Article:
Different schools of thought about health insurance: risk, waste, personal responsibility, and social benefit. Thoughtful article on different schools of thought about insurance
“Better Health Through Fairer Wealth,” by Brydie Ragan, Yes! Magazine, Fall 2006, 3 p.
Being poor may be as great a risk factor in personal health as the consumption of cigarettes or junk food.
“U.S. Health-Care System Gets a ‘D’,” by Catherine Arnst, Business Week, September 21, 2006, 3 p.
A report from the Commonwealth Fund points out shameful inconsistencies and inadequacies in the care given in the richest nation.
“Health Care Pains: Growing Health Care Concerns Fuel Cautious Support for Change,” by Gary Langer, ABC News, October 20, 2003, 7 p.
Results of an ABC poll.
“Has Canada Got the Cure?,” by Holly Dressel, Yes! Magazine, Fall 2006, 7 p.
The United States pays far more than Canada per capita for its health care services, yet Canadians get better care.
“The Number of Uninsured Americans is at an All-Time High,” Center on Budget and Policy Priorities (CBPP), August 29, 2006, 9 p.
A record 46.6 million Americans — 15.9% — lacked health coverage in 2005.
“Medicare for All: The Only Sound Solution to Our Healthcare Crisis,” by Guy T. Saperstein, AlterNet, January 16, 2007, 11 p.
Our $2 trillion healthcare industry is not only unhealthy, it is unsustainable. Why universal Medicare is the way to get universal healthcare without collapsing the system.
Reading Set G3: Working Conditions and Consumer Choices
42 pages total
“The Wal-Mart debate: A false choice between prices and wages,” by Jared Bernstein and L. Josh Bivens, EPI Issue Brief #223, Economic Policy Institute (EPI), June 15, 2006, 9 p.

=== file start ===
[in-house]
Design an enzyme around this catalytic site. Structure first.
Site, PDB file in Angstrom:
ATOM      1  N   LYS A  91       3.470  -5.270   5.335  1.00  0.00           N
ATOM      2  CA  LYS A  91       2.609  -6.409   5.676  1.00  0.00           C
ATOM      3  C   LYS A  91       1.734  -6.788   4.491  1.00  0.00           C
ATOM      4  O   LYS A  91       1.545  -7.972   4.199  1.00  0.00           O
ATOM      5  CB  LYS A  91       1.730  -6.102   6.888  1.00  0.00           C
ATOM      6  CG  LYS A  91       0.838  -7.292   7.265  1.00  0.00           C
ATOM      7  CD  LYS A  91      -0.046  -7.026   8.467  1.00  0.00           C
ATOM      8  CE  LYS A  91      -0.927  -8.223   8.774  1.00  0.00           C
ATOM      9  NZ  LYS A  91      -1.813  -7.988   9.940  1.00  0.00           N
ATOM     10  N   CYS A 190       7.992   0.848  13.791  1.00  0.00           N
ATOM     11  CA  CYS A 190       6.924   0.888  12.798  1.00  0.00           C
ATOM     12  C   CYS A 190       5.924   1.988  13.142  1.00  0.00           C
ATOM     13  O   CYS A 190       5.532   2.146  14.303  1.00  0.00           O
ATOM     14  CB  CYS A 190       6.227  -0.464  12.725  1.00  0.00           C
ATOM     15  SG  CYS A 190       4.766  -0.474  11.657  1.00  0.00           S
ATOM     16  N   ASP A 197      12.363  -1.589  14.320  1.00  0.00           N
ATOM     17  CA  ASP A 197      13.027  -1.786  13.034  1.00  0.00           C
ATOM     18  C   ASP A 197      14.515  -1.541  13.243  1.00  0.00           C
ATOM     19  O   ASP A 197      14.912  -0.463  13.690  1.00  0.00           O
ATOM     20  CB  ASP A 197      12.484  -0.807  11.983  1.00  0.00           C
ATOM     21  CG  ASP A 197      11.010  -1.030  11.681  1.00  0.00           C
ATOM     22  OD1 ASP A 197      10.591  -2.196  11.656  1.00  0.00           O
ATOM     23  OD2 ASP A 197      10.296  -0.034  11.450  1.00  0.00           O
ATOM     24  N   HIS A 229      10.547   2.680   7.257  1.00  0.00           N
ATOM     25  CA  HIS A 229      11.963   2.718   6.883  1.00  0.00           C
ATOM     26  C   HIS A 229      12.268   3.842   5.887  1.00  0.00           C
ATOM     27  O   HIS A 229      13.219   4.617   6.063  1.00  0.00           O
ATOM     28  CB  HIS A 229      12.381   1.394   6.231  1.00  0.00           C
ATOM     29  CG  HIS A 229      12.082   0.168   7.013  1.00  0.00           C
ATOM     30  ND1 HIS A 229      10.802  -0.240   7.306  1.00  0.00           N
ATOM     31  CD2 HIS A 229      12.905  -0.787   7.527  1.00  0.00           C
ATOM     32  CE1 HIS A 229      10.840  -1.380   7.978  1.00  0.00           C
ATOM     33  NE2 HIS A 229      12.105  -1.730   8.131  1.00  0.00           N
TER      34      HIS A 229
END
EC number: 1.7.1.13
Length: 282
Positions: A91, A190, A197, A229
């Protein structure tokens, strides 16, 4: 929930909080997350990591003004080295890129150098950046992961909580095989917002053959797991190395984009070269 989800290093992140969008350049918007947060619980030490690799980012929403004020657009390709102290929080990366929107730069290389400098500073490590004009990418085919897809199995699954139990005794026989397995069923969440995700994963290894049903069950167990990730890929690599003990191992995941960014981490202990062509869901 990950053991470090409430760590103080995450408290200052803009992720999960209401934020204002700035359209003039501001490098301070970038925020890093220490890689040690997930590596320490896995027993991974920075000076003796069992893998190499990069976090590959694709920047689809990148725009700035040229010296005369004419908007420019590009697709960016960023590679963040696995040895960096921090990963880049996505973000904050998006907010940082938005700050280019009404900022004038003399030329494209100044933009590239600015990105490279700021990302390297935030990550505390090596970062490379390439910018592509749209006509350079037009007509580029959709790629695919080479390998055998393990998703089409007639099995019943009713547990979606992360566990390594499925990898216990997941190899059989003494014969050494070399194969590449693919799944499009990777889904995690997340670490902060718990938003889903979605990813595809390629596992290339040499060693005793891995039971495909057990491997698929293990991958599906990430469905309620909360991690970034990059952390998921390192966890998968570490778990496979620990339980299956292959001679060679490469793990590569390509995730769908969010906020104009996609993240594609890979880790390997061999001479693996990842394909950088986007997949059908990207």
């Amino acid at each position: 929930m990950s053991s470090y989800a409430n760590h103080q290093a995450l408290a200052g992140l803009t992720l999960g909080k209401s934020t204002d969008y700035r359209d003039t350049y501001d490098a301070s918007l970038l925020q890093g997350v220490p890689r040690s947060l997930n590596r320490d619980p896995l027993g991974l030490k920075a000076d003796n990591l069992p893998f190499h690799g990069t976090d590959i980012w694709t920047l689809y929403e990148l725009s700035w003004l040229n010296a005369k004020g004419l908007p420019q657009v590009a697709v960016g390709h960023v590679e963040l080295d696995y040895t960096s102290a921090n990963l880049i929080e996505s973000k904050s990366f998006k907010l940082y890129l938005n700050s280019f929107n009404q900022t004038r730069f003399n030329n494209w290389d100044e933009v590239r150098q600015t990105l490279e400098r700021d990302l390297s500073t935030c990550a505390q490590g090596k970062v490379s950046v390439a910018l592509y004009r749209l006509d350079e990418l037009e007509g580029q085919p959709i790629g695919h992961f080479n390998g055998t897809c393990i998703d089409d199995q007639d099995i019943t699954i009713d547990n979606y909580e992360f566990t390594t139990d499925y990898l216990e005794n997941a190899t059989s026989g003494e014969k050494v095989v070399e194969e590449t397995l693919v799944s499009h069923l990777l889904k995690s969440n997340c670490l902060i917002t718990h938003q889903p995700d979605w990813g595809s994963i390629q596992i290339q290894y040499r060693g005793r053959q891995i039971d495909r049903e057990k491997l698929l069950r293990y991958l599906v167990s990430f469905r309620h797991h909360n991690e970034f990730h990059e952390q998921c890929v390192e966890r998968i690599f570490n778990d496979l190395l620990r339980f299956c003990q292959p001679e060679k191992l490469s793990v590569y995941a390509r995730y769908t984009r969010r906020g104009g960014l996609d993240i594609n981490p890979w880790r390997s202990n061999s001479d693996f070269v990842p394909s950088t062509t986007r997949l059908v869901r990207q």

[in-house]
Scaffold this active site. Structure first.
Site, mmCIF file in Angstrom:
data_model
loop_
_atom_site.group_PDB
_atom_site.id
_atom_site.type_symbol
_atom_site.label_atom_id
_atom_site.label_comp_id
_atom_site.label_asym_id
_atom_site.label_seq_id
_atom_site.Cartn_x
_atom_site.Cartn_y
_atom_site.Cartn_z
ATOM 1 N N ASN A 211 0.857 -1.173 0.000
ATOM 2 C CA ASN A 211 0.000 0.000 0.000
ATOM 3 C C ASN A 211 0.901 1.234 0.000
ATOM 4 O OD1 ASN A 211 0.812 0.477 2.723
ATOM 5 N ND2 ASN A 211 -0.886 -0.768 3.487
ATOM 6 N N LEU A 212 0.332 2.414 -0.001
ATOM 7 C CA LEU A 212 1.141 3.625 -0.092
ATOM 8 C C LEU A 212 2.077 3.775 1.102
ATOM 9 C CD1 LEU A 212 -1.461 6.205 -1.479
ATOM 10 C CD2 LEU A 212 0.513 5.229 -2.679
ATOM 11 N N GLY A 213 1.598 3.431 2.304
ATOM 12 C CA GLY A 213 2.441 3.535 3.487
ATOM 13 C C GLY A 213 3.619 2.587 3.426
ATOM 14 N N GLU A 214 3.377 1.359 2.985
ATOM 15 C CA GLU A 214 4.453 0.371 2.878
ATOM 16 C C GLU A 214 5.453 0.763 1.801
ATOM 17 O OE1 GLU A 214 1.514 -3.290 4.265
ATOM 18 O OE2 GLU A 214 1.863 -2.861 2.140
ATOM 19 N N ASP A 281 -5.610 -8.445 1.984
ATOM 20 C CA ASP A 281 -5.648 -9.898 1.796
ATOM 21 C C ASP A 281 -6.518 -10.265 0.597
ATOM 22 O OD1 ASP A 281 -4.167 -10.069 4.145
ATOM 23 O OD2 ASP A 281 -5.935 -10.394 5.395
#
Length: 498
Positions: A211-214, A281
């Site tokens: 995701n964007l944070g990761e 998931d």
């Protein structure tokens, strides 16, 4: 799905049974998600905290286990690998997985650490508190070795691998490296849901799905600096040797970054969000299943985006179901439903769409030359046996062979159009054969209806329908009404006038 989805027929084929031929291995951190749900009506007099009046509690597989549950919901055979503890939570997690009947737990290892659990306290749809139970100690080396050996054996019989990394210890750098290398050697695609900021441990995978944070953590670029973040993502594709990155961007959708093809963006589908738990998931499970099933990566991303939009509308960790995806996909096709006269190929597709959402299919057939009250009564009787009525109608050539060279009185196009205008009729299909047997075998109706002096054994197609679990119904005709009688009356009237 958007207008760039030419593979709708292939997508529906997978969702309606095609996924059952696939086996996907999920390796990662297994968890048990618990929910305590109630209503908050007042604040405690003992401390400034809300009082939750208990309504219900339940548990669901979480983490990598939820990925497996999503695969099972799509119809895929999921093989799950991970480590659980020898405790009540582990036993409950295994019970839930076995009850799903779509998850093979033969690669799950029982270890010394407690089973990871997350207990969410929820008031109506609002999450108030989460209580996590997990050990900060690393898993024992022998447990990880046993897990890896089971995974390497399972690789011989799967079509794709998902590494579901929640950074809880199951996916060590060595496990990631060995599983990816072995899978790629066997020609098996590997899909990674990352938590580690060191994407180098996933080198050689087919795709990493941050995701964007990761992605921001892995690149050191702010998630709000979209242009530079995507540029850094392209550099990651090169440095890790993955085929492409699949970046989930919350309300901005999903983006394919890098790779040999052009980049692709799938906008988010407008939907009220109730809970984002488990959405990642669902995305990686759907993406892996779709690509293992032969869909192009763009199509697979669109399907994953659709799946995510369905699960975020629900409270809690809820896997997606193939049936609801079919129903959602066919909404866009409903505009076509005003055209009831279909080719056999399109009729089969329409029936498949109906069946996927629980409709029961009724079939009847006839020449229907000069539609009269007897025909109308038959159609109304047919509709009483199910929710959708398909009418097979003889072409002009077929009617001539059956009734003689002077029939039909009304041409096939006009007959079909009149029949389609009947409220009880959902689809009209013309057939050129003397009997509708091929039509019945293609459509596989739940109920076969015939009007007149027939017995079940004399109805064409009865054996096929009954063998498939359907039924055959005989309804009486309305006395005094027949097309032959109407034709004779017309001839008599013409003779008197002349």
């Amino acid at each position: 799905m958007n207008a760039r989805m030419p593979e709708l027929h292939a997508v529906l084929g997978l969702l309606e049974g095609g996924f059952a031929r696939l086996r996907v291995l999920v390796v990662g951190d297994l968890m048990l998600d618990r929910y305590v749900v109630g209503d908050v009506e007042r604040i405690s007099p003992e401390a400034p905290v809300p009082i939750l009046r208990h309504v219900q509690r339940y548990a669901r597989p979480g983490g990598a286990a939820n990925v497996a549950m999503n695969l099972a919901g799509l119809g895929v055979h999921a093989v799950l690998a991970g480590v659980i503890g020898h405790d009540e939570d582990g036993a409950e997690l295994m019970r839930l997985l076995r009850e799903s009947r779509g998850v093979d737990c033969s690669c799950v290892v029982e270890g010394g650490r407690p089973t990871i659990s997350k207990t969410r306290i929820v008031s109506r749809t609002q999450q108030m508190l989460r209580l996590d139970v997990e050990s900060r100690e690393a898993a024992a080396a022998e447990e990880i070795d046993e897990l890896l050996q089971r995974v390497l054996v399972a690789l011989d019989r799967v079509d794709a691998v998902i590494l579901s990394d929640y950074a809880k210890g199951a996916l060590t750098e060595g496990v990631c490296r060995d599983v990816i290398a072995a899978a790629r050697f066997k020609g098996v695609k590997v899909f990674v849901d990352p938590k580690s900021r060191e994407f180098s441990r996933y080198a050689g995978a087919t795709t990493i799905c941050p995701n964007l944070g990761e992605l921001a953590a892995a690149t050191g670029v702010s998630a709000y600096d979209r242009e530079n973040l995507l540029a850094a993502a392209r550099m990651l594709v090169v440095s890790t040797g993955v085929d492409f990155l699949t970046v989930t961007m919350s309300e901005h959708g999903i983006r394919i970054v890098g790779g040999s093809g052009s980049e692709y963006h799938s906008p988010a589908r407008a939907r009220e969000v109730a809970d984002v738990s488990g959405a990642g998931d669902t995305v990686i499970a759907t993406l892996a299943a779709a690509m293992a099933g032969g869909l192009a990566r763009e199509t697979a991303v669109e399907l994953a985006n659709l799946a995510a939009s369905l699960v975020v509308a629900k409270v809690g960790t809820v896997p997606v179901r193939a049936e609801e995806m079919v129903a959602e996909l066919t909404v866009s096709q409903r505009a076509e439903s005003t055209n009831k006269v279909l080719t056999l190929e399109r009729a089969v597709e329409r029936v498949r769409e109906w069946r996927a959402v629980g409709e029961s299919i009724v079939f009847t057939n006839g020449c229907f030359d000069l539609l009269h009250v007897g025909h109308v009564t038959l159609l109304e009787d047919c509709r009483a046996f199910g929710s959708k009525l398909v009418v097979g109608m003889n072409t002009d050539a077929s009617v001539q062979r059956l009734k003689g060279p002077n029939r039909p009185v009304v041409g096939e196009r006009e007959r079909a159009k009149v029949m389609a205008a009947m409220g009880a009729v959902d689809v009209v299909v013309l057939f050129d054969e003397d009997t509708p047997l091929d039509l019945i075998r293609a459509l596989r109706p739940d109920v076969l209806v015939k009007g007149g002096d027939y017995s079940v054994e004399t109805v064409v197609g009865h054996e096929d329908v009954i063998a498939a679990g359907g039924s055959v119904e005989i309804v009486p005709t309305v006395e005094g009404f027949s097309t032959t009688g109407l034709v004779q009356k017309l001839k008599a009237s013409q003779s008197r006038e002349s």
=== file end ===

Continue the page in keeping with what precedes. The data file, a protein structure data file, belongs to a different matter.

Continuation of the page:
Can the economic benefits provided by big-box retailers be preserved even if their labor compensation is dramatically improved?
“The Costco Challenge: An Alternative to Wal-Martization?” by Moira Herbst, Labor Research Association (LRA), July 5, 2005, 7 p.
Costco finds a loyal, well-compensated workforce is a more efficient and productive one.
“Hey, Nice Clothes. But Are They Ethical?,” by Stephanie Hanes, Christian Science Monitor, October 13, 2006, 4 p.
There has been a huge surge in consumer interest in ethical fashion.
“Nike to the Rescue? Africa needs better jobs, not sweatshops,” by John Miller, Dollars & Sense, September/ October 2006, 10 p.
A critique of New York Times columnist Nicholas Kristof’s praise of sweatshops.
“Credit Card Pushers Pump Up Profits - and Risk,” by Abby Scher, Dollars & Sense, Issue #220, November-December 1998, 12 p.
In an era of fraying safety nets and increasing inequality, banks shamelessly peddle credit cards as the way for those left behind to live the good life. This is old, but the background is solid.
Reading Set G4: Poor and Working Class People
61 pages total
“Deciding Who’s Poor,” by Barbara R. Bergmann, Dollars & Sense, Issue #228, March-April 2000, 9 p.
Where should the poverty line be set? good overview, interplay of politics and economics
“U.S. economy leaving record numbers in severe poverty,” by Tony Pugh, McClatchy Newspapers, February 22, 2007, 10 p.
An analysis of 2005 census figures finds that nearly 16 million Americans are living in deep or severe poverty. Newspaper-type article on growing poverty, downward pressure in US: statistics, stories, different perspectives on causes.
“Poverty Remains Higher, and Median Income for Non-Elderly is Lower, than when Recession Hit Bottom: Poor Performance Unprecedented for Four-Year Recovery Period,” Center on Budget and Policy Priorities (CBPP), September 1, 2006, 15 p.
A smaller share of the gains from the current economic recovery are going to workers’ wages than in all but one previous post-World War II recovery period, and a larger share are going to corporate profits than in any other recovery since World War II.